We think that their conclusion is correct, and that the remand
should be made.
Section 11 of the Clayton Act, 15 U.S.C. § 21, provides that,
whenever the Commission has reason to believe that any person is
violating or has violated the provisions of the Act, and upon
hearing so finds, the Commission shall issue an order requiring
such person to cease and desist from such violations. In case of
failure to obey its order, the Commission may apply to the Circuit
Court of Appeals for enforcement. And anyone required to cease and
desist from a violation charged may seek review in the Circuit
Court of Appeals, praying that the order be set aside. The
provisions of the Act of June 19, 1936, show clearly that the
orders of the Commission entered before its passage are to remain
in effect. Section 2 of that Act, provides that nothing therein
Page 304 U. S. 260
rights of action arising, or litigation pending, or orders of
the Federal Trade Commission issued and in effect or pending on
review, based on section 2 of said Act of October 15, 1914, prior
to the effective date of this amendatory Act."
Discontinuance of the practice which the Commission found to
constitute a violation of the Act did not render the controversy
moot. United States v. Trans-Missouri Freight Assn.,
166 U. S. 290
166 U. S.
-310; Southern Pacific Co. v. Interstate Commerce
Commission, 219 U. S. 433
219 U. S. 452
Southern Pacific Terminal Co. v. Interstate Commerce
Commission, 219 U. S. 498
219 U. S.
-516; Labor Board v. Pennsylvania Greyhound
Lines, 303 U. S. 261
Guarantee Veterinary Co. v. Federal Trade Commission,
F. 853, 859, 860; Chamber of Commerce v. Federal Trade
13 F.2d 673, 686, 687. The Commission, reciting
its findings and the conclusion that respondent had violated the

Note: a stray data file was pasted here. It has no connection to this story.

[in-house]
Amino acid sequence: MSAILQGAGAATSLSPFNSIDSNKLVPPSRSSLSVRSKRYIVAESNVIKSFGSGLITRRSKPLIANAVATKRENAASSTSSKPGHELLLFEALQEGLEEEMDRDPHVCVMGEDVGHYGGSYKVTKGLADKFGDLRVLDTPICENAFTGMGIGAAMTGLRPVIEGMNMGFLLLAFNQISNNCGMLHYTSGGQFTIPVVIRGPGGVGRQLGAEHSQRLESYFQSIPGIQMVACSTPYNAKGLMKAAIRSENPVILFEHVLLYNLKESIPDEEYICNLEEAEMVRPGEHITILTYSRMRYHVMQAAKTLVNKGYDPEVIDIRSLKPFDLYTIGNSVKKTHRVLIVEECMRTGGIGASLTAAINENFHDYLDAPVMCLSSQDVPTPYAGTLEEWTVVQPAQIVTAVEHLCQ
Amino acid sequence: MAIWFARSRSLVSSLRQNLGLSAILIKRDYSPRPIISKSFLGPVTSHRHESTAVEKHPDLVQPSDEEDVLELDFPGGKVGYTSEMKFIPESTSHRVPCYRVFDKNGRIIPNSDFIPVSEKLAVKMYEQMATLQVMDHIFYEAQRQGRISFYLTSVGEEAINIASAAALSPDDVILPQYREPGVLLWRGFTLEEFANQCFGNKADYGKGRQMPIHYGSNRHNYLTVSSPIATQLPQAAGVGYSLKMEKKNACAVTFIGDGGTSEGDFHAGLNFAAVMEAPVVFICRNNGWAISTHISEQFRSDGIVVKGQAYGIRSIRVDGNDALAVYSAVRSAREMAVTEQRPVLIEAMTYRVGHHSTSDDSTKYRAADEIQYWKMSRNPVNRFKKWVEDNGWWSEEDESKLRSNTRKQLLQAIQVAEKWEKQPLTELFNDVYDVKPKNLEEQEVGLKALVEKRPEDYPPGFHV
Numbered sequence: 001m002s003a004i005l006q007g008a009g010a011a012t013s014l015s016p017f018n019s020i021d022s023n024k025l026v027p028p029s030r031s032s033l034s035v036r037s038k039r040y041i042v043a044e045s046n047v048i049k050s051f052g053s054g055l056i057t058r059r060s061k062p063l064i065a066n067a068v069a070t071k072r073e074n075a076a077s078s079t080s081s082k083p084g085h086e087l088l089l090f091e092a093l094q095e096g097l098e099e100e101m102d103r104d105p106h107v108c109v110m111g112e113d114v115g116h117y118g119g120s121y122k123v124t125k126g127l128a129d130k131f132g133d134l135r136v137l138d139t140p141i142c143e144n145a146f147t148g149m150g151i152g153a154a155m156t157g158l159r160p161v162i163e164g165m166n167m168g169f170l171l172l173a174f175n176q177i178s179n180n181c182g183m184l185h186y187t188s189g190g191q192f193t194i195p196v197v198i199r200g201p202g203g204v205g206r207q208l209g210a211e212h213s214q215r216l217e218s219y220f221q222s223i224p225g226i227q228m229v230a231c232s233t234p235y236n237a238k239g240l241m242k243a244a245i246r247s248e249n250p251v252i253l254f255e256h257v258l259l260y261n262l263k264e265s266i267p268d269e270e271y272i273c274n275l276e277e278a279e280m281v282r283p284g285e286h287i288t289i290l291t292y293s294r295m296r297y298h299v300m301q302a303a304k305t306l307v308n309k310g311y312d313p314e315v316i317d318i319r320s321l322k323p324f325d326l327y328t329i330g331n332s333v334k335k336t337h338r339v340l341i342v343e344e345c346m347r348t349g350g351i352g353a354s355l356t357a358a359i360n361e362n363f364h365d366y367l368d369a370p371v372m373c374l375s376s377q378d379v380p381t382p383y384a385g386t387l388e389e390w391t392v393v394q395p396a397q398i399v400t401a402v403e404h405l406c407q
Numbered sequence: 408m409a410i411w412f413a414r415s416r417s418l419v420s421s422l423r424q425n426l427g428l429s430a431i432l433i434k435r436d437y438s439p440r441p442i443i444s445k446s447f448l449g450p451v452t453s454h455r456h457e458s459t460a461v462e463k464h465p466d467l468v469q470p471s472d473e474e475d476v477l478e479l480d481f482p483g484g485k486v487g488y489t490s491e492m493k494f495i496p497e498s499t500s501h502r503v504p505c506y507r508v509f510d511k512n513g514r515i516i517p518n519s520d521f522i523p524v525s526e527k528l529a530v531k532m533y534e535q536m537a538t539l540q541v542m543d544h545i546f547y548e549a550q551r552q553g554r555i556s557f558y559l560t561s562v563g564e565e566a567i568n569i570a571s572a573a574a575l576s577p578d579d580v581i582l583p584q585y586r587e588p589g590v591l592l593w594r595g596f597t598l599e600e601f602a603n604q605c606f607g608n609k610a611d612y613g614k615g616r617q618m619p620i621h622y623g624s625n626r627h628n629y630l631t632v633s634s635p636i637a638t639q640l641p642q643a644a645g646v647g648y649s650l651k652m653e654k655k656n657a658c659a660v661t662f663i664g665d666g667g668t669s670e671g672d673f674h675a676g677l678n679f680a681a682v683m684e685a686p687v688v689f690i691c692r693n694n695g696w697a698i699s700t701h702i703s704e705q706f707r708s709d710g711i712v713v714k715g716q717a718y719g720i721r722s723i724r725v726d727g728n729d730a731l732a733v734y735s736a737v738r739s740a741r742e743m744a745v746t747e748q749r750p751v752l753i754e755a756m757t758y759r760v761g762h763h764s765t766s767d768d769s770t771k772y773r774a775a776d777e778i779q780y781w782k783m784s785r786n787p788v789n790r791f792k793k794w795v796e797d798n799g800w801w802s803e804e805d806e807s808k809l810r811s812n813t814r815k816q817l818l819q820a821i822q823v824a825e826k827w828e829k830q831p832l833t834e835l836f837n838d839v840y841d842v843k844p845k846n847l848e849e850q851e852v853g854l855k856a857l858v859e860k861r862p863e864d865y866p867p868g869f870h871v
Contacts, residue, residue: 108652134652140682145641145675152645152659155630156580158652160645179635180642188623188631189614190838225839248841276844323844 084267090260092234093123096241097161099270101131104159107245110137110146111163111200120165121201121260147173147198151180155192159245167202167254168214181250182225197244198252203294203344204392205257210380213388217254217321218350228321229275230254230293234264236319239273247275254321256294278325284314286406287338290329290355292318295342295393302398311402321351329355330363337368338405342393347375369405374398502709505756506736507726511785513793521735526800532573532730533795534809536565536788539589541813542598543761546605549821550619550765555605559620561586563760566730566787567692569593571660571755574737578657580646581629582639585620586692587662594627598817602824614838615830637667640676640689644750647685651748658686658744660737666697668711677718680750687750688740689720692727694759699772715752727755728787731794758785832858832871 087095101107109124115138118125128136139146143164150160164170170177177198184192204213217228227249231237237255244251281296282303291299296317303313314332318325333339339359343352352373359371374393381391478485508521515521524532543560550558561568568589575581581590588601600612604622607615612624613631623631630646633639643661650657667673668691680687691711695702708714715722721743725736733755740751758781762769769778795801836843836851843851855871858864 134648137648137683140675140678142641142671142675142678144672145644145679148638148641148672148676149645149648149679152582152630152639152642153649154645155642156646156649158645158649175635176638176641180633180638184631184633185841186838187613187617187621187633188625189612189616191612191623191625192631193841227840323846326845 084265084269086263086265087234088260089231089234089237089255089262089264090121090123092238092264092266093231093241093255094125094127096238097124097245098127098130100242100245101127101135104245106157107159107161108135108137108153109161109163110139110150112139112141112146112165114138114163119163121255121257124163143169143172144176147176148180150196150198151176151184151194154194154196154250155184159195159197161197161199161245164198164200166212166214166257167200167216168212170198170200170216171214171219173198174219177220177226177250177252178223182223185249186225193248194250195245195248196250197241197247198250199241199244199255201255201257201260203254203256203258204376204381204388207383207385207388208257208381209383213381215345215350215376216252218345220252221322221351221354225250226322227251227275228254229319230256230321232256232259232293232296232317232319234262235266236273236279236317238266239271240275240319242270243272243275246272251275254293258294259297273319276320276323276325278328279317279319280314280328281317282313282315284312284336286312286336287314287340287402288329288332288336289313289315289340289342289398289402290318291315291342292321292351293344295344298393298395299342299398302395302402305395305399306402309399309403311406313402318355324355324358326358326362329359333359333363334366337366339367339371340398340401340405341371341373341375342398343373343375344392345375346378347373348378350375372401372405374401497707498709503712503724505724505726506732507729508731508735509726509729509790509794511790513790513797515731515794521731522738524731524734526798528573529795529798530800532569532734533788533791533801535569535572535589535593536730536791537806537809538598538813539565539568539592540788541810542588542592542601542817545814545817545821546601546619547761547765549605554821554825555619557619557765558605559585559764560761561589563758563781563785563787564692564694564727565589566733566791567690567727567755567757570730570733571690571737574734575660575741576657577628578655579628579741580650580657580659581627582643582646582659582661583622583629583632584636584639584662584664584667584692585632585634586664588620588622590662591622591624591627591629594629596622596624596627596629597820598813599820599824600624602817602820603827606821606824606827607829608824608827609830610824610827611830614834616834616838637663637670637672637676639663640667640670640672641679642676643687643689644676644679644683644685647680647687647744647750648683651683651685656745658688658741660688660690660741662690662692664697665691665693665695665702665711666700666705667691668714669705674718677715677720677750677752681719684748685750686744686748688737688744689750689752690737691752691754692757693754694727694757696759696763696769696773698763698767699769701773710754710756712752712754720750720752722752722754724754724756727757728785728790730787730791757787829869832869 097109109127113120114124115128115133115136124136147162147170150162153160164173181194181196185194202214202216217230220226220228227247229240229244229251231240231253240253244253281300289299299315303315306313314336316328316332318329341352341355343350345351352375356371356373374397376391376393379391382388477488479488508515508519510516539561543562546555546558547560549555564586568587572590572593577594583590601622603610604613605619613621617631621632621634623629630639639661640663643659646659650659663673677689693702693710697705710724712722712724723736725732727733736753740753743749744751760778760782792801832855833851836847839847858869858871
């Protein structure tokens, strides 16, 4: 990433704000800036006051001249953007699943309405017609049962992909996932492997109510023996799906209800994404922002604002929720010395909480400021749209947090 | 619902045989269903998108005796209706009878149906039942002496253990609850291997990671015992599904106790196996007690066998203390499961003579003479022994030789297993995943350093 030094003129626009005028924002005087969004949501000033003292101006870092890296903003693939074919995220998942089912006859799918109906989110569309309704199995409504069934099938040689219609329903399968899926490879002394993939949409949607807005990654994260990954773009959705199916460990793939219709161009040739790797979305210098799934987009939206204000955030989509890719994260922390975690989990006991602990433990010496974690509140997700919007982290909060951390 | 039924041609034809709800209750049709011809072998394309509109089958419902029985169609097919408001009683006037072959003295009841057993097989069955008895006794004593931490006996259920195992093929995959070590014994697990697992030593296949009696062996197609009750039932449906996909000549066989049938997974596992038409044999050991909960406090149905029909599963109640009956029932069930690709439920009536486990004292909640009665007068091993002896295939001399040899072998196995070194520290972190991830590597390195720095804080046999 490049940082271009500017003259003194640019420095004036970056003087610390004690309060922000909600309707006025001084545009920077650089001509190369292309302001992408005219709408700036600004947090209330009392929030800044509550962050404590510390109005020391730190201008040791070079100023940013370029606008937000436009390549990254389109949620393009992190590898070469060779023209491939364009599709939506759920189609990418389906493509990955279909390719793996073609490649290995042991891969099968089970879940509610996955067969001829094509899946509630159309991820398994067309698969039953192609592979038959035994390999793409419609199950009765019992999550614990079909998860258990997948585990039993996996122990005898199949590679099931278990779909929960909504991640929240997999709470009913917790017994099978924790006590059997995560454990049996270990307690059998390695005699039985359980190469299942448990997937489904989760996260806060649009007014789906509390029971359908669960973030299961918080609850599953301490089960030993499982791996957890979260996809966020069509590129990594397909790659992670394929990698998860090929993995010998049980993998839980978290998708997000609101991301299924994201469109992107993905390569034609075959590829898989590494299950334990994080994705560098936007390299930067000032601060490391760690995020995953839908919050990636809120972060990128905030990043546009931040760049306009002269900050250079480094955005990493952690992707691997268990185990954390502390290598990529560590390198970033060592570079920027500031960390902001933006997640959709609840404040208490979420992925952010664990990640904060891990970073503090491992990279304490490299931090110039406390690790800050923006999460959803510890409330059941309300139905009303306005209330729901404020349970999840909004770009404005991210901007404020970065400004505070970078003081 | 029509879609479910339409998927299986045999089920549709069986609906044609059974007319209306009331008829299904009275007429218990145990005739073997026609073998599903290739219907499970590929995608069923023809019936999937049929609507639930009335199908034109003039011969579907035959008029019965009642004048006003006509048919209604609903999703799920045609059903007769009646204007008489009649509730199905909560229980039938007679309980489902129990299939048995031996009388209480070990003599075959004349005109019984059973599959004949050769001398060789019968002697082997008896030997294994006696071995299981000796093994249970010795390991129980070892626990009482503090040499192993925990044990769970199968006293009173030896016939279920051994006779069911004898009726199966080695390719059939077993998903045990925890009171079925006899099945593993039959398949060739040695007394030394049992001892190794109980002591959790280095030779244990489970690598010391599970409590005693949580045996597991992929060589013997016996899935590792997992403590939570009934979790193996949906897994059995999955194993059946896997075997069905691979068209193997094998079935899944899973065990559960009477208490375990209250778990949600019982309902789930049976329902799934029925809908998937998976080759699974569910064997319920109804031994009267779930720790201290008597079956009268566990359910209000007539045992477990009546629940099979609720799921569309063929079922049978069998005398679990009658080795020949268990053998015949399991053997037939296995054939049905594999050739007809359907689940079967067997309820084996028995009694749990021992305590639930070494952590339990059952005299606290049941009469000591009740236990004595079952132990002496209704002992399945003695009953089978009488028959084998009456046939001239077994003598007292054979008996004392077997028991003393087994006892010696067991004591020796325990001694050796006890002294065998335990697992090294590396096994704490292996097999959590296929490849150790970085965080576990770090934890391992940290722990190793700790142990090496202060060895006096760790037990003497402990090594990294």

act, required respondent to cease and desist from the particular
discriminations which the order described. That is a continuing
order. Its efficacy, if valid, was not affected by the subsequent
passage or the provisions of the amendatory Act. As a continuing
order, the Commission may take proceedings for its enforcement if
it is disobeyed. But, under the statute, respondent was entitled to
seek review of the order and to have it set aside if found to be
invalid. The question which both parties sought to have the Circuit
Court of Appeals decide was whether respondent's conduct was a
violation of the original statute. Upon the conclusion that it was
such a violation, the Commission based its order. Neither the
transactions subsequent to that order nor the passage of the
amendatory Act deprived the respondent of its right to challenge
the order and to have its validity determined or the Commission of
its right to have its order maintained if validly made.
Page 304 U. S. 261
The decree of the Circuit Court of Appeals is reversed, and the
cause is remanded to that court for a determination of the
MR. JUSTICE STONE, MR. JUSTICE CARDOZO, and MR. JUSTICE REED
took no part in the consideration and decision of this case.
* That proviso, in the original Act, was as follows:
That nothing herein contained shall prevent
discrimination in price between purchasers of commodities on
account of differences in the grade, quality, or quantity of the
commodities sold, or that makes only due allowance for difference
in the cost of selling or transportation, or discrimination in
price in the same or different communities made in good faith to